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Jets' Geno Smith still has chance to show he belongs

Jets quarterback Geno Smith passes the ball during

Jets quarterback Geno Smith passes the ball during the first quarter of a game against the New England Patriots at Gillette Stadium on Oct. 16, 2014 in Foxboro, Mass. Credit: Getty Images / Jared Wickerham

The Jets will sink or swim with Geno Smith.

Regardless of whether anyone internally will admit it, the next nine games are an audition for him. After an erratic rookie season and an underwhelming seven games in Year 2, Smith isn't guaranteed to be the starting quarterback after this season.

It's up to him to prove he's worthy of the job.

Beating Buffalo (4-3) on Sunday won't be easy. Though the Bills have lost their two best running backs (C.J. Spiller, who is on injured reserve with a broken collarbone, and Fred Jackson, who will miss several weeks with a groin injury), the Bills have one of the best defensive front fours in the NFL and have registered a league-high 24 sacks.

They've also had their own issues at quarterback this season. But unlike Rex Ryan, Bills coach Doug Marrone chose to make a change, replacing 2013 first-round pick EJ Manuel with veteran journeyman Kyle Orton.

Marrone said it was "a tough decision'' but felt it was the right move for his team.

"It goes by performance,'' the Bronx-born Marrone, whose Bills are 2-1 since Orton took over, said during a Wednesday conference call. "And we were looking for more production and EJ has taken a step back and he's doing very well supporting Kyle any time he can or anything he can do to help.''

After back-to-back losses in Weeks 3 and 4, Marrone sat Manuel, who had a 58.0 completion percentage, five touchdown passes and three interceptions in four games. Though Orton's numbers (68.5 completion percentage, five touchdown passes, three interceptions) are similar, the Bills believe his veteran experience gives him an edge over Manuel, the 16th overall pick last year.

"I think it was a great opportunity . . . for EJ to take a step back, gather a lot of film, to see a veteran go in there and play or prepare the leadership . . . things like that,'' said Marrone, the former head coach at Syracuse. " . . . I've told him that I think it's going to pay dividends in the long run because I think that's what happens a lot.''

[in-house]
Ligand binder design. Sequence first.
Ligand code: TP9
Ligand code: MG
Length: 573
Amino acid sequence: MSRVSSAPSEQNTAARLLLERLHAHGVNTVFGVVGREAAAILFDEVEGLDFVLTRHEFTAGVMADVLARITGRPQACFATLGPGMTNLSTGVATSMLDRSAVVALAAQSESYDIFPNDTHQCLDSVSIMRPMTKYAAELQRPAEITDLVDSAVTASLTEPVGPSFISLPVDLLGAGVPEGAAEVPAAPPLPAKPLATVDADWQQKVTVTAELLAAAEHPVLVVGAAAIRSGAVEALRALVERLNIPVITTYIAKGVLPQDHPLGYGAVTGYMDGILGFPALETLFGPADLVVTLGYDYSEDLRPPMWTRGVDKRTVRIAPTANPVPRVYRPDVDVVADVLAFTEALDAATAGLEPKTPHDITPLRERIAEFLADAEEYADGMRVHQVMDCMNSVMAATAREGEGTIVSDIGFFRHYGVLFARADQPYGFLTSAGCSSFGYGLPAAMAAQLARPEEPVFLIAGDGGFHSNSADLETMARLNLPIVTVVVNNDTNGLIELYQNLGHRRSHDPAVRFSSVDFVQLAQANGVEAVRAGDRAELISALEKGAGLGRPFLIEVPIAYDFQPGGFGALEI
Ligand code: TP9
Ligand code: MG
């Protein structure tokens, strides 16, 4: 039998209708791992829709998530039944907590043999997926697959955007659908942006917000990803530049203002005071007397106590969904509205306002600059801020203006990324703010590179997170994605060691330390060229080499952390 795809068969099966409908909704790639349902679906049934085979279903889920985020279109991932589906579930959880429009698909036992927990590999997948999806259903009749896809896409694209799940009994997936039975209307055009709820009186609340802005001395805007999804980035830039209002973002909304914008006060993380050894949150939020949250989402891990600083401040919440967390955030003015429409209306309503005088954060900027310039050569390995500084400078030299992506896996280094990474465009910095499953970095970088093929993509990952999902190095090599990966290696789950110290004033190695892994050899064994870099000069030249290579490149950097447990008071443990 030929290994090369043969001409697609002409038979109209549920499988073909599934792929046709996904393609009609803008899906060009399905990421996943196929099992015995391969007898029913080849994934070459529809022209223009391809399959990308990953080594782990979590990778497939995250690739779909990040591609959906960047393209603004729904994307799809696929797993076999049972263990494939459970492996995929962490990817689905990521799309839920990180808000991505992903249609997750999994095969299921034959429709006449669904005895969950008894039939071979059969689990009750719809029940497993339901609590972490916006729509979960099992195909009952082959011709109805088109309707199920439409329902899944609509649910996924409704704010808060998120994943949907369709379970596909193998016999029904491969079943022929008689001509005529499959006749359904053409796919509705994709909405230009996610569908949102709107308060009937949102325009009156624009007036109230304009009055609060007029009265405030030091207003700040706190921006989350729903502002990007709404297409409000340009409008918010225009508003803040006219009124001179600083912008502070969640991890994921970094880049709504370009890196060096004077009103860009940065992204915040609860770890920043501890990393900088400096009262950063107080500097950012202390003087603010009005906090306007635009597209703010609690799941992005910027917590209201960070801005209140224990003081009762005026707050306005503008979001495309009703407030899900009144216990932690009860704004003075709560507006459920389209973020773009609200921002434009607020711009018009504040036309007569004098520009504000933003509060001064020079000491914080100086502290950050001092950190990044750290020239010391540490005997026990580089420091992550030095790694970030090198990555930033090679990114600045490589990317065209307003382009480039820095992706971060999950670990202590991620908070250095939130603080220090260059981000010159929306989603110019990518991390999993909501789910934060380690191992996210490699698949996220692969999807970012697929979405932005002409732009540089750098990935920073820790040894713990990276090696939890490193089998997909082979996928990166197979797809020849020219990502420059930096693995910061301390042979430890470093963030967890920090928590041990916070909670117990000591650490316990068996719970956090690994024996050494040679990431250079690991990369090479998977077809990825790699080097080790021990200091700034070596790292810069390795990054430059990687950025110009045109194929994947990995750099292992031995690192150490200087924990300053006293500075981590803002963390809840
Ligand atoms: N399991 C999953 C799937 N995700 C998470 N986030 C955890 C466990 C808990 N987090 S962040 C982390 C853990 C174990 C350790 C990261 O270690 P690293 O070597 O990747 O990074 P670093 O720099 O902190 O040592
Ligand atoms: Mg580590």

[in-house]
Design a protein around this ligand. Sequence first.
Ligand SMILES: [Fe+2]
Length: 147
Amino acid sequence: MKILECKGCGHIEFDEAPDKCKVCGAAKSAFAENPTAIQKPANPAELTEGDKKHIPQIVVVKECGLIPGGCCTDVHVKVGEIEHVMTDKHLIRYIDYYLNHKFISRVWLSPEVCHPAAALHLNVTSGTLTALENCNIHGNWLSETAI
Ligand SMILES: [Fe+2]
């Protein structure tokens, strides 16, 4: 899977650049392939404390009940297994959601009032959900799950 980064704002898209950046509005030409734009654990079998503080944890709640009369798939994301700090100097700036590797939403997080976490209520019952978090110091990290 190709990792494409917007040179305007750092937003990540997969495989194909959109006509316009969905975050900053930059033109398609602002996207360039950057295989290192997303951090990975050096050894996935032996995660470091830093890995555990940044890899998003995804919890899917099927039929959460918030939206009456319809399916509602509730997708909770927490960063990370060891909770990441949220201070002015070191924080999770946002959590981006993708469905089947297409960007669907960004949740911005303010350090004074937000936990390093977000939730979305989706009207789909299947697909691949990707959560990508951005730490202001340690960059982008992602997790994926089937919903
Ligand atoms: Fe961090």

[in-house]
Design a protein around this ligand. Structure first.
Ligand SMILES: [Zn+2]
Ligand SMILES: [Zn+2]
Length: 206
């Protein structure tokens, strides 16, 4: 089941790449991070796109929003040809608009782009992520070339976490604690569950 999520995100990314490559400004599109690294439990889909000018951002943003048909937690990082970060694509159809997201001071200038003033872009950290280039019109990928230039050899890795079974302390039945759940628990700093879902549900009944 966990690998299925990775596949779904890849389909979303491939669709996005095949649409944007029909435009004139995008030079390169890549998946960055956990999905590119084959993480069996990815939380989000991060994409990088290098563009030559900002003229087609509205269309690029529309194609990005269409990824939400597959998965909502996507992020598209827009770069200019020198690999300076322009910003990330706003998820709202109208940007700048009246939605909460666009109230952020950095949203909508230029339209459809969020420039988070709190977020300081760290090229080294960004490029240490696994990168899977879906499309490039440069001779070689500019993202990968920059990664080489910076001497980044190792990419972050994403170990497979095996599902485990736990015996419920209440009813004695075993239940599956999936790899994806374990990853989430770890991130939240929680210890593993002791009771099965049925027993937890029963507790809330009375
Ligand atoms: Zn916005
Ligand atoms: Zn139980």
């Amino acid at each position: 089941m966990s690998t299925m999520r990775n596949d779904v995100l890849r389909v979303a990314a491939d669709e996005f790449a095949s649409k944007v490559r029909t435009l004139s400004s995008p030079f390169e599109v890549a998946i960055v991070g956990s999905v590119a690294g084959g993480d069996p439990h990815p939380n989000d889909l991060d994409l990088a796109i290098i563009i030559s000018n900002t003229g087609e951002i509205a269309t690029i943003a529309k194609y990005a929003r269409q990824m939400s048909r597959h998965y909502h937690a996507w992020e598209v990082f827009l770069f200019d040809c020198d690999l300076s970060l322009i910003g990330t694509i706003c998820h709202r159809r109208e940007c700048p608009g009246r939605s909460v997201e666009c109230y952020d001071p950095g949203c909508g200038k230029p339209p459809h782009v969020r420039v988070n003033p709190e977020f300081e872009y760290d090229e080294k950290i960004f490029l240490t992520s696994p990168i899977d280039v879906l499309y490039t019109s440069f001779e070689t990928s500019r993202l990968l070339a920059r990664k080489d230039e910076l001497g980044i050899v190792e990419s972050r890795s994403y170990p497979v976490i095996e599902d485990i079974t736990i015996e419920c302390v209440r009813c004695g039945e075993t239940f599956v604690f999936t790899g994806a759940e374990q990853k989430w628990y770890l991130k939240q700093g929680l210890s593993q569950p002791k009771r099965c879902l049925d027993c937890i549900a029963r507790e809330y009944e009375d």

Meanwhile, the Jets have chosen to stay the course with Smith despite their offensive struggles and 1-6 record. Unlike Marrone, Ryan said he's never wavered about starting Smith each week.

"Whether the improvements are noticed by everybody or not, I've noticed the improvements that he's making,'' Ryan said.

He added that the only time he's thought the 24-year-old would benefit from being benched was at halftime against the Chargers with the Jets trailing 21-0. Michael Vick replaced Smith to start the third quarter and the Jets went on to a 31-0 loss.

Said Ryan, "Again, I think the arrow's going up. Yeah, huge task in front of him this week, but I'm confident in him.''

Asked to give specific examples of improvement he's seen from Smith, Ryan cited the offensive line's improved pass protection and Smith's poise in the pocket. Ryan also praised Smith for running with the football more in the Jets' most recent game, a loss to the Patriots.

The Jets secured another weapon for Smith last week -- the speedy but controversial Percy Harvin, whom they acquired from Seattle in exchange for a conditional draft pick. It's unclear how the Jets plan to use Harvin, but he's sure to have an impact on the offense starting Sunday.

Smith, however, wasn't in the mood to discuss Harvin's potential effect on his own evaluation process.

"Quite honestly, I'm only focused on going out there and trying to win this game this weekend,'' he said. "Nothing else matters.''

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